Please refer to FIG. 2. In assembly, a bolt 5 is adapted to be led through the shaft hole 43 disposed at the center point of the rope windlass 4. The left and right semi-circular hollow halves of the receiving housing 1 are then correspondingly closed up and assembled into one piece via rivets passing through the thick protruding flanges 12 thereof, having the rope windlass 4 received therewithin the hollow space formed by the assembled halves and the bolt 5 abutted against the pivot through hole 14 thereof. One end of the rope 41 is led through the interior of the combined tapered protruding ends 11, passing through the twist and turn defined by the corresponding serrated clamping edges 13 thereof and coming out of the tapered protruding ends 11 with one end engaged with the hook 42. Finally, the cap 2 is screwed up to the conic outer threads 15 of the two combined halves of the tapered protruding ends 11 thereof via inner threads 21 to complete the assembly of the present invention as shown in FIG. 3.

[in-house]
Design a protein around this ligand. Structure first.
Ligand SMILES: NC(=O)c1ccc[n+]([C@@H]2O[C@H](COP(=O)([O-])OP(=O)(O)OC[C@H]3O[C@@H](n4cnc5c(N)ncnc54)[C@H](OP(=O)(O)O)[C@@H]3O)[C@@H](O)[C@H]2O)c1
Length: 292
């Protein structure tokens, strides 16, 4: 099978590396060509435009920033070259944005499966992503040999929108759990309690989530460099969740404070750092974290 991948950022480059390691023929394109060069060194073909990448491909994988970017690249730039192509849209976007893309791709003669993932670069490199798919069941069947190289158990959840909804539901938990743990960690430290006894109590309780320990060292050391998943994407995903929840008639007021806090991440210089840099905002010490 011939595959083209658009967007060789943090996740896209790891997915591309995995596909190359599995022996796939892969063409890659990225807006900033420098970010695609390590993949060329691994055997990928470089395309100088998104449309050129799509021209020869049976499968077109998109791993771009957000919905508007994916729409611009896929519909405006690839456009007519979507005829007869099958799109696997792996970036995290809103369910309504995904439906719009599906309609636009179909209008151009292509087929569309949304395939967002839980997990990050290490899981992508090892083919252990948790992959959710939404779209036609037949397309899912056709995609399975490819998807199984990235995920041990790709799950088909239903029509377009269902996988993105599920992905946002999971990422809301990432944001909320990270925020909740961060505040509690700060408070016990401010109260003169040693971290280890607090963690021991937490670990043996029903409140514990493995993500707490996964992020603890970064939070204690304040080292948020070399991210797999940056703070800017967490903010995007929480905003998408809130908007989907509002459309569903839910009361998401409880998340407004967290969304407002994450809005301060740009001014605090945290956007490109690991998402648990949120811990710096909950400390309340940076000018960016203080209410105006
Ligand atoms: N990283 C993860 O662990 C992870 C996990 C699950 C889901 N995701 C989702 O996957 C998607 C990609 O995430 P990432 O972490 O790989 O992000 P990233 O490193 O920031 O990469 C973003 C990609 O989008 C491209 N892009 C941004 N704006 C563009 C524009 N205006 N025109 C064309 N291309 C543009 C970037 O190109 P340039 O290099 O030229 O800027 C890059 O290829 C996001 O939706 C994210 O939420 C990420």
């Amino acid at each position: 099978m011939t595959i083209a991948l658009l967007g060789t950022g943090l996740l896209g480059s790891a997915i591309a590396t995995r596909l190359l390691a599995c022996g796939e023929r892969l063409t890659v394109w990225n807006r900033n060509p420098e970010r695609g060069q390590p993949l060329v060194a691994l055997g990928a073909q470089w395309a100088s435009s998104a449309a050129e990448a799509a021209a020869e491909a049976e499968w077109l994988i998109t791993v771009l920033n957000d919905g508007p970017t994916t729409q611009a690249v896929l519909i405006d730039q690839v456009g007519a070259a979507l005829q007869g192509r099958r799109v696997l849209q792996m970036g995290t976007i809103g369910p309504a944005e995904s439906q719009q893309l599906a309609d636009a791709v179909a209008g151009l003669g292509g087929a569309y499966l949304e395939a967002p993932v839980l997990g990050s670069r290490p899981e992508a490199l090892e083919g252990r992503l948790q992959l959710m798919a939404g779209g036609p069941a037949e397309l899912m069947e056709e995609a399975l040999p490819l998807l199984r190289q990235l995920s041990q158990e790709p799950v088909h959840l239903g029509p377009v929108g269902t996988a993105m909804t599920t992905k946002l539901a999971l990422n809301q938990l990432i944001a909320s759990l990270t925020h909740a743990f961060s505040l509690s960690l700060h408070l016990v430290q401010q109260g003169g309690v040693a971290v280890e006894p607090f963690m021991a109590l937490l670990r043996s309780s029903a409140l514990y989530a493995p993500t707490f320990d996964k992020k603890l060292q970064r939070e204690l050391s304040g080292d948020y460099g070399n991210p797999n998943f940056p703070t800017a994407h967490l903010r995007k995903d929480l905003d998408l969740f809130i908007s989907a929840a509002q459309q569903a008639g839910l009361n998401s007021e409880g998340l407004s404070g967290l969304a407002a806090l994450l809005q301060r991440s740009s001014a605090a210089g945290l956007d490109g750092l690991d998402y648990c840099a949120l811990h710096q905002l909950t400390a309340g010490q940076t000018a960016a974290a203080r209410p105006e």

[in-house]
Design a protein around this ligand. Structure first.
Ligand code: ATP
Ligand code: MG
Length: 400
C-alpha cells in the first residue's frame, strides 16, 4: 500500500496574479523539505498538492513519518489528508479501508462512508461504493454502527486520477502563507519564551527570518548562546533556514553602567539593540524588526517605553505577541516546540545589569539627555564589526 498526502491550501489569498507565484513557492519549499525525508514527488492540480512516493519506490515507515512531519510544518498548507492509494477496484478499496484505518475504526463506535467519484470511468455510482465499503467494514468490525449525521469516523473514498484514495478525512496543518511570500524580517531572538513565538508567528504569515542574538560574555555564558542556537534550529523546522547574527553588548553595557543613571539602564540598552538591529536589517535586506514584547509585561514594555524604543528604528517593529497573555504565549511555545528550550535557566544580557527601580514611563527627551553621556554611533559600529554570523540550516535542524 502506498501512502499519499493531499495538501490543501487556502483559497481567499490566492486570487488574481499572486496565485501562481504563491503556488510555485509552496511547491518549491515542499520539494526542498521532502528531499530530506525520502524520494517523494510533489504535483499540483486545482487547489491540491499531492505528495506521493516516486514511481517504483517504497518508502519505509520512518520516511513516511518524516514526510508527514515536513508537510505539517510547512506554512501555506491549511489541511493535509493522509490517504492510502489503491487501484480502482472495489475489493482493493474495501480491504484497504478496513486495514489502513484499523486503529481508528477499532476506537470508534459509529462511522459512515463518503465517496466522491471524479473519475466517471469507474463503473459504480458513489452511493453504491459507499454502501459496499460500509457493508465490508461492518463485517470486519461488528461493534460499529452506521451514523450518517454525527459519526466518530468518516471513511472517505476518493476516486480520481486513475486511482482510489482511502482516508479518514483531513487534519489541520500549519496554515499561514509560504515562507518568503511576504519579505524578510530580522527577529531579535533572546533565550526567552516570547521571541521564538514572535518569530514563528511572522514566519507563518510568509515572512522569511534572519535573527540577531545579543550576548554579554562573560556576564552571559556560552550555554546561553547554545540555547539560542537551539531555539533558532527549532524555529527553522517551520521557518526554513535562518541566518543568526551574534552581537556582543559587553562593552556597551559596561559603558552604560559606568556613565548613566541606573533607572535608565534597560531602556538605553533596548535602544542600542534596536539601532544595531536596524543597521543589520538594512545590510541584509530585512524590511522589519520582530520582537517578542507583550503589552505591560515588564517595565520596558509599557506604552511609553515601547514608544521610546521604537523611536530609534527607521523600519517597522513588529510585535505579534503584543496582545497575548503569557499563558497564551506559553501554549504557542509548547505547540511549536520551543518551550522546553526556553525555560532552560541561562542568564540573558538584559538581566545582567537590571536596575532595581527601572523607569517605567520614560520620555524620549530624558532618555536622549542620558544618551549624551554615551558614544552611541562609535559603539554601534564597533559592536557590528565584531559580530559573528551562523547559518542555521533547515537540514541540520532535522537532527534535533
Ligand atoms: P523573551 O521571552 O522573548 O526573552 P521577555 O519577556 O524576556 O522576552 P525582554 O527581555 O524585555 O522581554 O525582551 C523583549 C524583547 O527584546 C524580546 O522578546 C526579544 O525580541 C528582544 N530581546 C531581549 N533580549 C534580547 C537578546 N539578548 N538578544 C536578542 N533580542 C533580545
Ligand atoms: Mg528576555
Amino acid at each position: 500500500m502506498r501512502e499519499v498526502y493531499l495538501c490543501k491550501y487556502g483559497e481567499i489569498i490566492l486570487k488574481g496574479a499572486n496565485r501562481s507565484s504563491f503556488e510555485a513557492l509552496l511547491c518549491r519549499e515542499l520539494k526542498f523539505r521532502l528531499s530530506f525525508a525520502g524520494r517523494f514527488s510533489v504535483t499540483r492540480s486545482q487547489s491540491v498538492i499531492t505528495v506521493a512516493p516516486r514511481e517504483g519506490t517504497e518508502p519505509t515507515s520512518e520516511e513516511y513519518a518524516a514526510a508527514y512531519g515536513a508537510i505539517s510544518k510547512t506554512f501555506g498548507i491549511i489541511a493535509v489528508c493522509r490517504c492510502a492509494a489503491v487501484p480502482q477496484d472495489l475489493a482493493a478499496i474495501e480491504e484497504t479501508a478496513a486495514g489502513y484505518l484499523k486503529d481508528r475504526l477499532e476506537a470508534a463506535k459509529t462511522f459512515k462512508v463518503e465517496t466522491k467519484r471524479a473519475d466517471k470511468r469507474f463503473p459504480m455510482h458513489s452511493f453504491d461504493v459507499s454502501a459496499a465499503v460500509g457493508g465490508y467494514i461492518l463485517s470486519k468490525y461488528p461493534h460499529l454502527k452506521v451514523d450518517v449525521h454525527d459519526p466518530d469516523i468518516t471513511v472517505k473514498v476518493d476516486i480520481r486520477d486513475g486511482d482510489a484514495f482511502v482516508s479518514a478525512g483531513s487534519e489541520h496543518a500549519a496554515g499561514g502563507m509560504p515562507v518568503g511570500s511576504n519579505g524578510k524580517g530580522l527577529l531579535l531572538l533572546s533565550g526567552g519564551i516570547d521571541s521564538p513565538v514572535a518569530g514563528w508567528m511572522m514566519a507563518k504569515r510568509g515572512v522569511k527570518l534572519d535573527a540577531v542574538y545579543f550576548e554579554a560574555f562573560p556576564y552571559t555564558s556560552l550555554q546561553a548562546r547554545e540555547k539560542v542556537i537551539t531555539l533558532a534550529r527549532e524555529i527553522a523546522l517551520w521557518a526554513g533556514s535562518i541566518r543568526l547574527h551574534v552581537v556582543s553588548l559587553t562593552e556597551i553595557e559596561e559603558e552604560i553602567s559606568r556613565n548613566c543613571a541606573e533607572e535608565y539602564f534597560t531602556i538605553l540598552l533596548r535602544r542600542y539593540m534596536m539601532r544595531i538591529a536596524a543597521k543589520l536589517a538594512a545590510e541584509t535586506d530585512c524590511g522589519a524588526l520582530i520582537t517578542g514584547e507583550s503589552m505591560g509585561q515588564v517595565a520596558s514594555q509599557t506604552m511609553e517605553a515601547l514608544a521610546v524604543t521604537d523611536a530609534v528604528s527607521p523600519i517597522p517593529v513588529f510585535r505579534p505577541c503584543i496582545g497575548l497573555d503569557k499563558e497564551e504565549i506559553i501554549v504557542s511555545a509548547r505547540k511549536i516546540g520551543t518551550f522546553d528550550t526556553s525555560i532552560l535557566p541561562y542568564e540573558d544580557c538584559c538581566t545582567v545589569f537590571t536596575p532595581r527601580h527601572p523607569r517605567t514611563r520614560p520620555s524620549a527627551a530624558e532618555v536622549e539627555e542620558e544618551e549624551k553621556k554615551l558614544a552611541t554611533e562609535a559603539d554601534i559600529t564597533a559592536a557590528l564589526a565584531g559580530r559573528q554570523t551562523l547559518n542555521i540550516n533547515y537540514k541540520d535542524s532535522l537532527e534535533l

In practical use, the adjusting nut 3 screwed up first against the bolt 5 reinforces the clamping force of the bolt 5 abutting against the pivoting holes 14 of the receiving housing 1 thereof, and thus the resistant force of the rope windlass 4 in the operation of unraveling the rope 41. In addition, the cap 2 attached to the tapered protruding ends 11 thereof via inner threads 21 screwed up to the conic outer threads 15 thereof boosts the clamping force of the tapered protruding flanges 11 against the rope 41. Finally, the adjusting rod 23 works like a handle, being further adapted to the assembled tapered protruding ends 11 and the cap 2 so as to regulate the clamping force of the tapered protruding ends against the rope 41 in descending operation. Consequently, in the mechanism above, the more resistant force the rope descending device is adjusted into, the slower the descending movement will become.